I'm not saying the Taliban shouldn't have been smacked for 9/11, but this idea that war and fear was a necessary good seems to ignore the reality.

        Originally posted by aht0 View Post
        Fear, greed, thirst of power, religious convictions, sex drive, hatred - take your pick, combine any with any
        Fear is the easiest for autocrats to manufacture and manipulate. You cited popular fear of external threat as a positive influence, and I couldn't disagree more.

        Originally posted by aht0 View Post
        Leaving idealism aside. Many countries do not have enough mature political culture. There's no other option than just getting one autocrat or other on top, one corrupt aparachnik or other et cetera. Our style of government requires few hundred years of preceding political tradition, specific accepted moral values and non-tribal attitude. People have to think of themselves as citizens of a country, not as members of a tribe x, y or z.
        I hope the last couple years has shown you how quickly even developed countries, like the US, can devolve into tribalism. I'm waiting to see just how far its "few hundred years of preceding political tradition, specific accepted moral values and non-tribal attitude" can unravel and be dismantled.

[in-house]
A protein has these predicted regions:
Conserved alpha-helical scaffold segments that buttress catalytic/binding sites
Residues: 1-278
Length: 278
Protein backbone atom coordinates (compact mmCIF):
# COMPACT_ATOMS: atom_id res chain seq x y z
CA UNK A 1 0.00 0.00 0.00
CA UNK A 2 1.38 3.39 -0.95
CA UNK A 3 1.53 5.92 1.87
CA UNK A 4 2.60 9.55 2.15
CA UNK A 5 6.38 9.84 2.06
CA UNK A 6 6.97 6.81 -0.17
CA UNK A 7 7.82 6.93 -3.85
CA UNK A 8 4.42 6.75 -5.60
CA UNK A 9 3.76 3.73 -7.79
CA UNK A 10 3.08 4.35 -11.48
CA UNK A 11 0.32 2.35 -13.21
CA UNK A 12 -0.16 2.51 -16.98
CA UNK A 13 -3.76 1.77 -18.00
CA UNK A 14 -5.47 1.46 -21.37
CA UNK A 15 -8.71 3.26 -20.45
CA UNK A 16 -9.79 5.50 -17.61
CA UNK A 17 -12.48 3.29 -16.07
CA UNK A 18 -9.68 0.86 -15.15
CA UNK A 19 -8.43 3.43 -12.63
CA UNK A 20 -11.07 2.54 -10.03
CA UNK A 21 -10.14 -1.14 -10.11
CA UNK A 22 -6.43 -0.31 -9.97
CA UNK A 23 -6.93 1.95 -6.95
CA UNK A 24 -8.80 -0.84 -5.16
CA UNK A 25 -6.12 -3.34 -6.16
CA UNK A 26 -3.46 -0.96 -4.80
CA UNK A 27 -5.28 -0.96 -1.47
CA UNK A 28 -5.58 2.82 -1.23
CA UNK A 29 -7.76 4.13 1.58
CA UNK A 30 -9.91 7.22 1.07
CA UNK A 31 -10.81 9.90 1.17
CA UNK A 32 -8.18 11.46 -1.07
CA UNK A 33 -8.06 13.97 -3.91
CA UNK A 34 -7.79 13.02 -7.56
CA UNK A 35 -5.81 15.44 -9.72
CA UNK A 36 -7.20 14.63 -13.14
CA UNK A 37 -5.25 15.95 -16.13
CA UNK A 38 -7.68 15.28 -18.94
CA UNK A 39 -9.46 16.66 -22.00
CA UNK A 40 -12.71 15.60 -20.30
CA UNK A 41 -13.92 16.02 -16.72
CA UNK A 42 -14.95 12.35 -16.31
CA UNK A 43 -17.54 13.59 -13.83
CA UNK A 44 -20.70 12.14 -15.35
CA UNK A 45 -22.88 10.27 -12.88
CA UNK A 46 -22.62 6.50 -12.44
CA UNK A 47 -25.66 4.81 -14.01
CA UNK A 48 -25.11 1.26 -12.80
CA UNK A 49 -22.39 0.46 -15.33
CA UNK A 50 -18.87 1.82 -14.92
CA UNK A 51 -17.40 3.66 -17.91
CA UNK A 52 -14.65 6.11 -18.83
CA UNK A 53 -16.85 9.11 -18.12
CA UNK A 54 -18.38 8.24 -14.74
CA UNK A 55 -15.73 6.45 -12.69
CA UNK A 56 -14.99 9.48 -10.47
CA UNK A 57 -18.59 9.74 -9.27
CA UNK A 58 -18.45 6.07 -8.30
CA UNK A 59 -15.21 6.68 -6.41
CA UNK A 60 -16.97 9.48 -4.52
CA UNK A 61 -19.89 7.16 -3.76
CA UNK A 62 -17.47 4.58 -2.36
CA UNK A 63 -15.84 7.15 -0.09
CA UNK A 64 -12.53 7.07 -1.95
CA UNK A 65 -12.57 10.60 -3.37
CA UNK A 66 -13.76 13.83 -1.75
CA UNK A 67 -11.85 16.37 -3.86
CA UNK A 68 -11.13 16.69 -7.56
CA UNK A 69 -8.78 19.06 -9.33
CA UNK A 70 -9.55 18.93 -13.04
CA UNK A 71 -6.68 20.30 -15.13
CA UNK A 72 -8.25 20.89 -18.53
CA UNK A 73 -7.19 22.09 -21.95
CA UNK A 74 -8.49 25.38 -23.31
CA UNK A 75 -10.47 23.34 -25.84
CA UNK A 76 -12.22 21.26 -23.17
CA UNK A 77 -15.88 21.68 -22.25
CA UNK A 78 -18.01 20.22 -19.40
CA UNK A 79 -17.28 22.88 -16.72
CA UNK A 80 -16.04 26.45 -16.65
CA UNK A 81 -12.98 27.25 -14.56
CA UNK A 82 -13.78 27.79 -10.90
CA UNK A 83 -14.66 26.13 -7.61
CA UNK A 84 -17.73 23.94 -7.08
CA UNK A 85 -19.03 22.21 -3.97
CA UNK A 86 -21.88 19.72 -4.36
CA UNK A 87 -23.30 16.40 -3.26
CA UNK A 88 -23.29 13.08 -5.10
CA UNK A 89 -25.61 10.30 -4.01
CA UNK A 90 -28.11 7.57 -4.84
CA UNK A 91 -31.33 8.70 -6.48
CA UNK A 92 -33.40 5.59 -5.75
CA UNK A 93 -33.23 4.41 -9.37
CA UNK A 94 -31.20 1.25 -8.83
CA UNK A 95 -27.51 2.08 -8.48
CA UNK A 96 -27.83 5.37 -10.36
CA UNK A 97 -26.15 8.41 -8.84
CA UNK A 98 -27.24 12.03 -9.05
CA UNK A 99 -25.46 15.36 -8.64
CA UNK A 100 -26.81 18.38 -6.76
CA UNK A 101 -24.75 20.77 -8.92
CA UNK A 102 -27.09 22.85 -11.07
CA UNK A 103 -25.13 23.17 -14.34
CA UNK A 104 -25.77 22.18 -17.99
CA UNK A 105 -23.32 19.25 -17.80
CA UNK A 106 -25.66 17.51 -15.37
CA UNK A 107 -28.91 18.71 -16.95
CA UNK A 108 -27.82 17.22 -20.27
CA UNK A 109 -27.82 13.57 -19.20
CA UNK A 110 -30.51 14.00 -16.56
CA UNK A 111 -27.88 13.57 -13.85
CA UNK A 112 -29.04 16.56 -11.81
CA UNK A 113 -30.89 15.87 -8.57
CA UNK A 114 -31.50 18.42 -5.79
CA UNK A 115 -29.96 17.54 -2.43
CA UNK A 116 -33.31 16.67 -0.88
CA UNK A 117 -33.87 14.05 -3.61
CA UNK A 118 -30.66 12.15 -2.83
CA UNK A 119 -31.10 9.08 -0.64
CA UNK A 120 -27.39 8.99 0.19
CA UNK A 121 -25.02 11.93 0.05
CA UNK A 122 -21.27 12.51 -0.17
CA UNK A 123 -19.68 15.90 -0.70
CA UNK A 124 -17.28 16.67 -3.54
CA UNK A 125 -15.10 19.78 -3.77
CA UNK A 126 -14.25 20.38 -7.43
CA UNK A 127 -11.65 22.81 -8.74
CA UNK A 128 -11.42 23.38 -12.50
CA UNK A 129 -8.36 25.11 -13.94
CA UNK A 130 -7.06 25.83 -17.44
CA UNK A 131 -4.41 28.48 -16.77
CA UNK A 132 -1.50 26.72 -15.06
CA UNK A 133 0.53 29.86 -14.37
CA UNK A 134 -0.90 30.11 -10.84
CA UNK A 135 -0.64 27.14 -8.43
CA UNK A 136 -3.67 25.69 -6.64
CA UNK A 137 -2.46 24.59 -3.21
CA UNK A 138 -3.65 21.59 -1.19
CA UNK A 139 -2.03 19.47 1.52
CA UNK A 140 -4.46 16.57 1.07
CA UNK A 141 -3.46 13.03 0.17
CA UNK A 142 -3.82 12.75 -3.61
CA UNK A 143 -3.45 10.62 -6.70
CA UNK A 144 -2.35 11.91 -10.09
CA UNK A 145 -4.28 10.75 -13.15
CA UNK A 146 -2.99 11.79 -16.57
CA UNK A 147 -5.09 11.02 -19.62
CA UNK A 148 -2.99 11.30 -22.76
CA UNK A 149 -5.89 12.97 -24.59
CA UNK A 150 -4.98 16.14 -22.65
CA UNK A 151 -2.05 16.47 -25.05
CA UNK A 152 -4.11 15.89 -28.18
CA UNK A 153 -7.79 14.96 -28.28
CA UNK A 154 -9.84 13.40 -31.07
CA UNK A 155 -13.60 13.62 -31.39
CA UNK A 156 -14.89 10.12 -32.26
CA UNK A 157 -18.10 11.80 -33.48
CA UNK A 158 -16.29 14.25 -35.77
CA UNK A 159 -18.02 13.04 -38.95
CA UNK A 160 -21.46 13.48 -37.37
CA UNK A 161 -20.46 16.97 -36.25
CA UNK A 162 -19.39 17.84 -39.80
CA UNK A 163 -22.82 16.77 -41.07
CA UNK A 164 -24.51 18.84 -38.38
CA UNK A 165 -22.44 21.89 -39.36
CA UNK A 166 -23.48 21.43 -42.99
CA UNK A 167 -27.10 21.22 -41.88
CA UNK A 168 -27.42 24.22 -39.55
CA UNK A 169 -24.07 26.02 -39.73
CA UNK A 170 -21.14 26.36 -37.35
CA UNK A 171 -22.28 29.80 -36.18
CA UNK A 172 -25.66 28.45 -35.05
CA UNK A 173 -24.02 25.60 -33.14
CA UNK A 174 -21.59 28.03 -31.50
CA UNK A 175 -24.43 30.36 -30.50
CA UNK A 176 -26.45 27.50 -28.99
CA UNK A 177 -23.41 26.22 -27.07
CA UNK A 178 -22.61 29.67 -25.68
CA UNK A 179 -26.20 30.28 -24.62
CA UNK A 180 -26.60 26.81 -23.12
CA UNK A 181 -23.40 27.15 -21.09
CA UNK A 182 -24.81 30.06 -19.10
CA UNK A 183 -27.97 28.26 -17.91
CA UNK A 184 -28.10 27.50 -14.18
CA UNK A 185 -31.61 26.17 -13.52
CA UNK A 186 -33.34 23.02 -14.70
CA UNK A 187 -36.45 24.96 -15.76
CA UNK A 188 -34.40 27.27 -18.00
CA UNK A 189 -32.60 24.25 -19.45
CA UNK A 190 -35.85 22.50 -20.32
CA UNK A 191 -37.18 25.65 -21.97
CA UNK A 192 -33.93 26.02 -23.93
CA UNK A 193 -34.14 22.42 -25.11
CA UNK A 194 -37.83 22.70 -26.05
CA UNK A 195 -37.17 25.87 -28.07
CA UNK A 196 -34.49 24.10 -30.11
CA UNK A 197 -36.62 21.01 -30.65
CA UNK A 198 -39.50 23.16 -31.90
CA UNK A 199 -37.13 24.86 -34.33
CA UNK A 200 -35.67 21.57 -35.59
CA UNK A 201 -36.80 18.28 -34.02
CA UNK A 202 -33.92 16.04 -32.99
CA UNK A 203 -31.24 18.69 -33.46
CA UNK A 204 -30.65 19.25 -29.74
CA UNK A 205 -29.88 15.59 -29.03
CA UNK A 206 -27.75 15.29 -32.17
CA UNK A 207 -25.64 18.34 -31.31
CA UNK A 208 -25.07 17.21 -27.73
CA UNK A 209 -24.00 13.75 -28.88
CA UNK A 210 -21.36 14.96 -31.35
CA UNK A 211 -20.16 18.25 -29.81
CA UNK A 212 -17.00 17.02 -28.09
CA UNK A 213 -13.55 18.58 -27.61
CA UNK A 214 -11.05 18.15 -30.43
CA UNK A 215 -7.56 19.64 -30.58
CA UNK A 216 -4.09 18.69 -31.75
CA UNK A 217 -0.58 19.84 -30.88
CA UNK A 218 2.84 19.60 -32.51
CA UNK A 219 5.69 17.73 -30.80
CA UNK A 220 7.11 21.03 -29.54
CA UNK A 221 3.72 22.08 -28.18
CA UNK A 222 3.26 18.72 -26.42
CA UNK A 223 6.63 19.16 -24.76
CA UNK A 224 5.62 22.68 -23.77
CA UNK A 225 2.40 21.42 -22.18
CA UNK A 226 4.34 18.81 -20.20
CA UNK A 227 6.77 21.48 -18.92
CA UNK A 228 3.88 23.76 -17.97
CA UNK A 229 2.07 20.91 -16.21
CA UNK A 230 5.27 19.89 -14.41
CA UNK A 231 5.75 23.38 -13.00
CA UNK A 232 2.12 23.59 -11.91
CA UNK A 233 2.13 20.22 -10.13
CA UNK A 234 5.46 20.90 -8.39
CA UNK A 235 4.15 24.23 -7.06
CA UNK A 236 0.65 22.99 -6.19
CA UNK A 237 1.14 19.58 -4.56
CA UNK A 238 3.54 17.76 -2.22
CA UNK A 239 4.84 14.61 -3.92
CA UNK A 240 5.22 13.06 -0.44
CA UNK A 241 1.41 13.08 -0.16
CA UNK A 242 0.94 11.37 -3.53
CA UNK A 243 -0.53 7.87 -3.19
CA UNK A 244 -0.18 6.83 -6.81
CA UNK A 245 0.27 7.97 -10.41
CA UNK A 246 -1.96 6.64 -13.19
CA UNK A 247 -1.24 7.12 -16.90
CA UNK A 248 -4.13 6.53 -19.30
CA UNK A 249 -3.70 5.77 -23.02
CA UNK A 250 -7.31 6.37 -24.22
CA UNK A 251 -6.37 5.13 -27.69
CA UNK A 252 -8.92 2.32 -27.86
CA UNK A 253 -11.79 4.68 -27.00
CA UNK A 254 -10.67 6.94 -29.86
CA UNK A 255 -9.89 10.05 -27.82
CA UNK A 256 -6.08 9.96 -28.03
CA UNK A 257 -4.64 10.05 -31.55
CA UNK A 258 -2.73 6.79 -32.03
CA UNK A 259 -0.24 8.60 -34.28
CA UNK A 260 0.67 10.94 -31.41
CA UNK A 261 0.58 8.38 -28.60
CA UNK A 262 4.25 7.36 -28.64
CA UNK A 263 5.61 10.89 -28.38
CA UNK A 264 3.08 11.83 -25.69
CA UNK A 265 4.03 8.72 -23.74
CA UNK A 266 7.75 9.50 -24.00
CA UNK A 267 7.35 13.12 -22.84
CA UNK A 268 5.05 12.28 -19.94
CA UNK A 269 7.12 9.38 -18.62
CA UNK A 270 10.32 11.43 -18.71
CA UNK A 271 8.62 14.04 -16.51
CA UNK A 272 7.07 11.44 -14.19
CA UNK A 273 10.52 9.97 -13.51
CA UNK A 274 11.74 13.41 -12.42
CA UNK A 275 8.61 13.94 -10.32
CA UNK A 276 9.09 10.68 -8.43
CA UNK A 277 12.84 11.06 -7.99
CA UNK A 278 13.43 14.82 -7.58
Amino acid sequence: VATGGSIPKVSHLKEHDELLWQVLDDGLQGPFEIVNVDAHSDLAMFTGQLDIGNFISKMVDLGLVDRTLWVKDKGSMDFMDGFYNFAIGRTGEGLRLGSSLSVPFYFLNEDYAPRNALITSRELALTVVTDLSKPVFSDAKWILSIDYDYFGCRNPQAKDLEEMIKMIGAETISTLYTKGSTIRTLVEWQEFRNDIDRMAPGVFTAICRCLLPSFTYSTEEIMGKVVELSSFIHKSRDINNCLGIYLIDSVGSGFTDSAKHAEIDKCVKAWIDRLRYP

Originally posted by aht0 View Post
        Might as well then choose one autocrat aligning with our country's interests.
        Ever hear of "blow-back"? You know that the US once supported Islamists in Afghanistan, right? And the US supported Saddam, before it fought him. "Play with fire and you might get burnt", as the saying goes.

        Originally posted by aht0 View Post
        We all have seen how experiment of "let's export democracy" ended up in Iraq. After first honest elections, winners (shia minority) did all they could to block kurds, sunnis etc from having any say or participation. It ended up with the rise of ISIS - which was created on the basis of same out-of-job sunni Iraqis.